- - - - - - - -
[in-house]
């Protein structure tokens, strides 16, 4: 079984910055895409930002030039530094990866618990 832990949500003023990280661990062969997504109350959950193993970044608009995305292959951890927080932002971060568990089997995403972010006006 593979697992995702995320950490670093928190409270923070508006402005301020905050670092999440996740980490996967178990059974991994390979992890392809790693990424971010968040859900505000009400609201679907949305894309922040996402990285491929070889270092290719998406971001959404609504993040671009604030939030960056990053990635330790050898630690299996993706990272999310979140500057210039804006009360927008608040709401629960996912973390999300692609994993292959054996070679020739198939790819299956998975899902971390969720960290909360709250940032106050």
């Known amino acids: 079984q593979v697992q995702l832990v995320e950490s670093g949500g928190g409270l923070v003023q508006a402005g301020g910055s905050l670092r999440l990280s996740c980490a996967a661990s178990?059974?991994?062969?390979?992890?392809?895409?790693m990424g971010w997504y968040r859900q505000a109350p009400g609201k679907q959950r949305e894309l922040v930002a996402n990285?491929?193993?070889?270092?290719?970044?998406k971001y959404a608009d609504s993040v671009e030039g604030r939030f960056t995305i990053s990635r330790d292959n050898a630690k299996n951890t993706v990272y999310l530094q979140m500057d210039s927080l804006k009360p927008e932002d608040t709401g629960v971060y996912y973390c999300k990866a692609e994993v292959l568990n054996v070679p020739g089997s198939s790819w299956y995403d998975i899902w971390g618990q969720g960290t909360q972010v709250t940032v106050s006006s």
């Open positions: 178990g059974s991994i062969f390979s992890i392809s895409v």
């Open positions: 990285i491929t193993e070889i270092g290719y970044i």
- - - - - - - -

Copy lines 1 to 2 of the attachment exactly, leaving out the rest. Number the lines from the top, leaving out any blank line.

[in-house]
């Protein structure tokens, strides 16, 4: 079984910055895409930002030039530094990866618990 832990949500003023990280661990062969997504109350959950193993970044608009995305292959951890927080932002971060568990089997995403972010006006 593979697992995702995320950490670093928190409270923070508006402005301020905050670092999440996740980490996967178990059974991994390979992890392809790693990424971010968040859900505000009400609201679907949305894309922040996402990285491929070889270092290719998406971001959404609504993040671009604030939030960056990053990635330790050898630690299996993706990272999310979140500057210039804006009360927008608040709401629960996912973390999300692609994993292959054996070679020739198939790819299956998975899902971390969720960290909360709250940032106050």